Brain tumours are created when a mass of cells accumulates and becomes a tumour, created by the unnatural growth of cells. These tumours can be benign or malignant, with malignant tumours also referred to as cancerous tumours. Across the country, current research suggests that 3,200 Canadians will be diagnosed with either brain or spinal cord cancer, and another 2,500 Canadians will die due to these cancers.
Brain cancer can have a significant impact on an individual’s ability to work. Depending on the location and severity of the tumor, symptoms can vary widely and may include headaches, seizures, vision or speech problems, and difficulty with memory or concentration. These symptoms can make it challenging to perform even simple tasks, let alone more complex work-related activities. In addition, cancer treatments such as chemotherapy and radiation therapy can cause fatigue, nausea, and other side effects that can further affect a person’s ability to work. Overall, brain cancer can have a significant impact on an individual’s quality of life and ability to maintain employment – and as a result, require long-term disability benefits to assist them financially month-to-month.
Remember – if you have been denied your long-term disability benefits you have the right to your own long-term disability lawyer. Call our Disability Lawyers today at 1-844-4-DISABILITY for your FREE CONSULTATION or alternatively, send us a message through our website and we will be happy to get right back to you and schedule your FREE CONSULTATION and explain your legal rights to you, and what remedy you may be entitled to. Remember – if we work together, our brain tumour disability lawyers NEVER ask for money upfront, under any circumstances. Our disability lawyers only get paid if you get paid.
Brain cancer usually starts in the areas of the brain where the cells grow and divide most quickly. These areas are called brain tumour suppressor gene regions. The brain has several brain tumour suppressor gene regions, including one near the base of the brain called the cerebellum, which controls movement and balance. The other brain tumour suppressor gene regions are in the cerebral cortex and the meninges, which are responsible for thought, memory, and emotion. The meninges are the tissue layers covering the brain and spinal cord.
Although the causes of brain cancer are not fully understood, research has found that certain risk factors can make an individual more susceptible to developing brain cancer, including:
Age: brain cancer is most common in adults over the age of 60
Gender: slightly more common in men than in women. In Canada, brain cancer rates are about 20% higher for men
Family history: as with other cancers, individuals with a family history of brain cancer have a slightly higher risk of developing brain cancer themselves, particularly if they have a close family member who has had brain cancer.
Radiation exposure: ionizing radiation is a type of high-energy radiation that can damage DNA and has been linked to an increased risk of brain cancer. This includes exposure to X-rays, gamma rays and ultraviolet (UV) light
Cellular phone use: although more research is needed, some studies have suggested that long-term exposure to electromagnetic radiation from cellular phones may increase the risk of brain cancer.
Exposure to certain viruses and chemicals: individuals exposed to certain viruses, such as the human papillomavirus (HPV), and chemicals, such as benzene, are at a higher risk of brain cancer.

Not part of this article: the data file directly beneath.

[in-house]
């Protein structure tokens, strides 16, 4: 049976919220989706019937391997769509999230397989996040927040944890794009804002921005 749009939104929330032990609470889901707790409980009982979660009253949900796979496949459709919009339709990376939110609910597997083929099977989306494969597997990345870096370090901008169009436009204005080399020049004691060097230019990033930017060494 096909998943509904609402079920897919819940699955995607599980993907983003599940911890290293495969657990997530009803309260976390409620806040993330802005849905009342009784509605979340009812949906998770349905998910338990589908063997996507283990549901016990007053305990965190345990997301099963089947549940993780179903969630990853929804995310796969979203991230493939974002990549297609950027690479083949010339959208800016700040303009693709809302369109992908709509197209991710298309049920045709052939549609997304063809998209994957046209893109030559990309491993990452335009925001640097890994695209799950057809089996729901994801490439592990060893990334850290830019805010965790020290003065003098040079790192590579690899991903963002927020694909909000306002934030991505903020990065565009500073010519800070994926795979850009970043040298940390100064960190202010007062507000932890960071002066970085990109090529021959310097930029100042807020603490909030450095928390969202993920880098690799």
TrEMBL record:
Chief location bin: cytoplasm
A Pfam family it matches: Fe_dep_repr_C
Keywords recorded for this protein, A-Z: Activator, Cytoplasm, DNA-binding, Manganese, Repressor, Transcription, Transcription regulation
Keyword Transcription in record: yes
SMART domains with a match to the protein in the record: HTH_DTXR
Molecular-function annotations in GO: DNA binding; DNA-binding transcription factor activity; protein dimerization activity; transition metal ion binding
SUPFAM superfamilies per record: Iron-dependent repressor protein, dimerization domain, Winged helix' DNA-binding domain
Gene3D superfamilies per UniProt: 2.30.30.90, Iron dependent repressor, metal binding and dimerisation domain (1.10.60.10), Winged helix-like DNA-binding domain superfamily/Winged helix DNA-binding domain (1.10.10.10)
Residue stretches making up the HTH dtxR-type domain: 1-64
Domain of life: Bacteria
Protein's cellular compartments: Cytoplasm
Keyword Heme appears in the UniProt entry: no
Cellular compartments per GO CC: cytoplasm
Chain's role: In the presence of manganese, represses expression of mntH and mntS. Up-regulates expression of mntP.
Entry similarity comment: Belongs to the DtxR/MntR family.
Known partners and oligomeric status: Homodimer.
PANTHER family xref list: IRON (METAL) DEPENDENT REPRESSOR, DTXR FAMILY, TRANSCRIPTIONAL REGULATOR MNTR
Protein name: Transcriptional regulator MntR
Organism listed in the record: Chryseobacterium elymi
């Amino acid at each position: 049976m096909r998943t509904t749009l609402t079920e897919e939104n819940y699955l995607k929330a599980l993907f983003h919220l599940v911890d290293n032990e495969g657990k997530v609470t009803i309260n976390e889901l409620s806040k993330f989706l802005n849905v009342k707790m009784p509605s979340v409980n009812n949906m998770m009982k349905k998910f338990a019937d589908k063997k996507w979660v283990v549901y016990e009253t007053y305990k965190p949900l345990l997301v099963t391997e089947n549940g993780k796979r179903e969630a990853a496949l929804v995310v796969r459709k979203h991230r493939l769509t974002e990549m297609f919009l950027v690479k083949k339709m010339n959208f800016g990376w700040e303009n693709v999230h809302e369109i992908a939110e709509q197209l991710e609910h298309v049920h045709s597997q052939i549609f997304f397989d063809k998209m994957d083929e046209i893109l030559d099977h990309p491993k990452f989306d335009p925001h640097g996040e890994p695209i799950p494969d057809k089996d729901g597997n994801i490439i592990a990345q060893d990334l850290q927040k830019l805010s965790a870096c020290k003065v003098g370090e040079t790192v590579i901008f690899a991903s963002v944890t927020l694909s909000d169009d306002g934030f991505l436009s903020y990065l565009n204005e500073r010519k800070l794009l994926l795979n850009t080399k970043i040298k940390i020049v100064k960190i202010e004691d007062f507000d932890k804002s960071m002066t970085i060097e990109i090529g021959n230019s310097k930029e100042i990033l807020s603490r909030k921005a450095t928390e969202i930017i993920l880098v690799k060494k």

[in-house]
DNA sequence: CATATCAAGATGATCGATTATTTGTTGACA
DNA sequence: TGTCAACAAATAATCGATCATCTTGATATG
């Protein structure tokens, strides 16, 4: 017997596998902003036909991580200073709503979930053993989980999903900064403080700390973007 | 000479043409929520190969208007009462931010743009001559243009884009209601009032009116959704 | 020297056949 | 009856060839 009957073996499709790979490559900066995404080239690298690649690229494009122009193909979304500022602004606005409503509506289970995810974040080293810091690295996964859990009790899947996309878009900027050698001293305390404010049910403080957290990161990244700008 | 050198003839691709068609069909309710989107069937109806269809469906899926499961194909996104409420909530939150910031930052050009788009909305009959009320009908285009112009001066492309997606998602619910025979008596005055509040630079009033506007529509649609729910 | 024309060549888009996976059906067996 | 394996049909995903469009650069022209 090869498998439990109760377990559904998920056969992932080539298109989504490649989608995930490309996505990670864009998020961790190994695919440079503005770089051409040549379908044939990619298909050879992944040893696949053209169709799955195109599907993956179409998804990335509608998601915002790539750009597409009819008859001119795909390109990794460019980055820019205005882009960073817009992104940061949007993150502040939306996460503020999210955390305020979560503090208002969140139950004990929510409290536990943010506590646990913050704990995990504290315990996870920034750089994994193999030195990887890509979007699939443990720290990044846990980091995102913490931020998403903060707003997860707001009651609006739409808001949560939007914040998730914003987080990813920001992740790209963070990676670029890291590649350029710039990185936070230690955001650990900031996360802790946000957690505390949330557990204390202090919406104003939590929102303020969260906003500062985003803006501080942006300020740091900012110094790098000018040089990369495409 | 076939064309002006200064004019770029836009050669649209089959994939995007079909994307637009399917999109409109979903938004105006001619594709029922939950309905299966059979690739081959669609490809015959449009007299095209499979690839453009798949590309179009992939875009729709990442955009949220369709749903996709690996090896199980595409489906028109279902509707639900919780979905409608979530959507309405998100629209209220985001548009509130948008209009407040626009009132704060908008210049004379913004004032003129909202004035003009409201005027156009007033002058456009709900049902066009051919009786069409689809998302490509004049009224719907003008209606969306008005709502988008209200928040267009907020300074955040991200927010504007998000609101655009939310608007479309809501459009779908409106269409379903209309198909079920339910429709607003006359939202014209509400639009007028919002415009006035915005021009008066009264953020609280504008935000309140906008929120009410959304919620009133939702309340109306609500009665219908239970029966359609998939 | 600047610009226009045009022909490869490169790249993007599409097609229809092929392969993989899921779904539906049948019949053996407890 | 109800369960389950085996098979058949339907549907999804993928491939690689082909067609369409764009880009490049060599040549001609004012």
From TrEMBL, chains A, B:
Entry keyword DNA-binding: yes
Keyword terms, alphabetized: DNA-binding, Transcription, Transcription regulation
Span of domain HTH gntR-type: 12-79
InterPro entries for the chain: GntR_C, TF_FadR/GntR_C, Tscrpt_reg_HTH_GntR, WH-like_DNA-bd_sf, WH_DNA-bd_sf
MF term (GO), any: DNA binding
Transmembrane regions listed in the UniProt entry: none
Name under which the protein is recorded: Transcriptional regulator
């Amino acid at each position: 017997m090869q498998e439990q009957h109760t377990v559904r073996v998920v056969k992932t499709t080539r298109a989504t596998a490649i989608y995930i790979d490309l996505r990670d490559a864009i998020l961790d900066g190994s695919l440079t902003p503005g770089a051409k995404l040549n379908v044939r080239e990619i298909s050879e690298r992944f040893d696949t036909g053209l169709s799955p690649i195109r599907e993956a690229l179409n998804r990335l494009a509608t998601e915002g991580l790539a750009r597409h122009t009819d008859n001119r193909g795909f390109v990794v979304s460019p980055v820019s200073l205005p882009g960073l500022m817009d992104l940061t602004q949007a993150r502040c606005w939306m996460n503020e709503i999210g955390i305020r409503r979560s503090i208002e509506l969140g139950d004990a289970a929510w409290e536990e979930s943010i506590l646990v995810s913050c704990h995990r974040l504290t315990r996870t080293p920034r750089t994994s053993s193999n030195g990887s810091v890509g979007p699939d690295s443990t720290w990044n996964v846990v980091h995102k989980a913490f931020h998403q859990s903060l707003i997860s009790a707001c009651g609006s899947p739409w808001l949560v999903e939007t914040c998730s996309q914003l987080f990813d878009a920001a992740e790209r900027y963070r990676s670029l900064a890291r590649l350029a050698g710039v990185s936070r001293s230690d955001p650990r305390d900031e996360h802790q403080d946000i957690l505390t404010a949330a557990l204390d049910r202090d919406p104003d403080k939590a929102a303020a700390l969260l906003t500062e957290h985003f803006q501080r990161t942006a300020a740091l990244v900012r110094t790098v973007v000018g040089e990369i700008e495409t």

Certain medical conditions: brain cancer is more common in individuals with certain medical conditions, such as neurofibromatosis and HIV/AIDS
It’s unclear exactly why brain tumours develop, whether benign or cancerous. It’s suspected that genetic mutations that result in brain cells multiplying uncontrollably may be related to why tumours begin to form. It’s possible that some cancers develop in response to certain stimuli – such as exposure to radiation or chemicals – it’s purported that genetic material mutates, which initiates the process through which the unnatural duplication of cells which leads to cancer begins.
Brain tumours are classified into one of two categories, benign and malignant (or cancerous). There are many different types of brain tumours, each with its own set of symptoms, depending on where in the brain the tumour is growing. These are:
Astrocytomas: these are the most common type of brain cancer, which begins in star-shaped brain cells called astrocytes. Astrocytomas can be low-grade (slow-growing), or they can be high-grade (fast-growing).
Glioblastomas: another type of brain cancer that begins in glial cells, which are non-neuronal cells supporting the function of neurons. Glioblastomas are high-grade brain tumours and are usually aggressive.
Oligodendrogliomas: these develop in oligodendrocytes, which are cells that create the myelin sheath surrounding and protecting nerve cells. Myelin allows electrical signals to travel quickly along nerve cells. Oligodendrogliomas are usually slow-growing brain tumours.
Ependymomas: brain tumours that develop in ependymal cells, which line the cavities in the brain where cerebrospinal fluid (CSF) is produced. CSF is a clear liquid that fills and protects the brain and spinal cord. Ependymomas can grow anywhere in the brain or spinal cord where CSF is found.
Meningiomas: brain tumours that develop in the meninges, which are the layers of tissue that surround and protect the brain and spinal cord. Meningiomas usually grow slowly.
Craniopharyngiomas: develop near the pituitary gland, which is a small, pea-sized gland at the base of the brain that produces hormones that help control growth, blood pressure, metabolism and other essential body functions. Craniopharyngiomas are slow-growing brain tumours.
Brain cancer can present with a wide array of symptoms, depending on the size, location and rate of growth of the tumour. For this reason, different individuals with brain cancer can experience very different symptoms, depending on the part of the brain that is experiencing stress due to the tumour’s growth. Different areas of the brain are responsible for different senses and cognitive abilities, and brain cancer symptoms correspond with those senses and abilities. These symptoms include: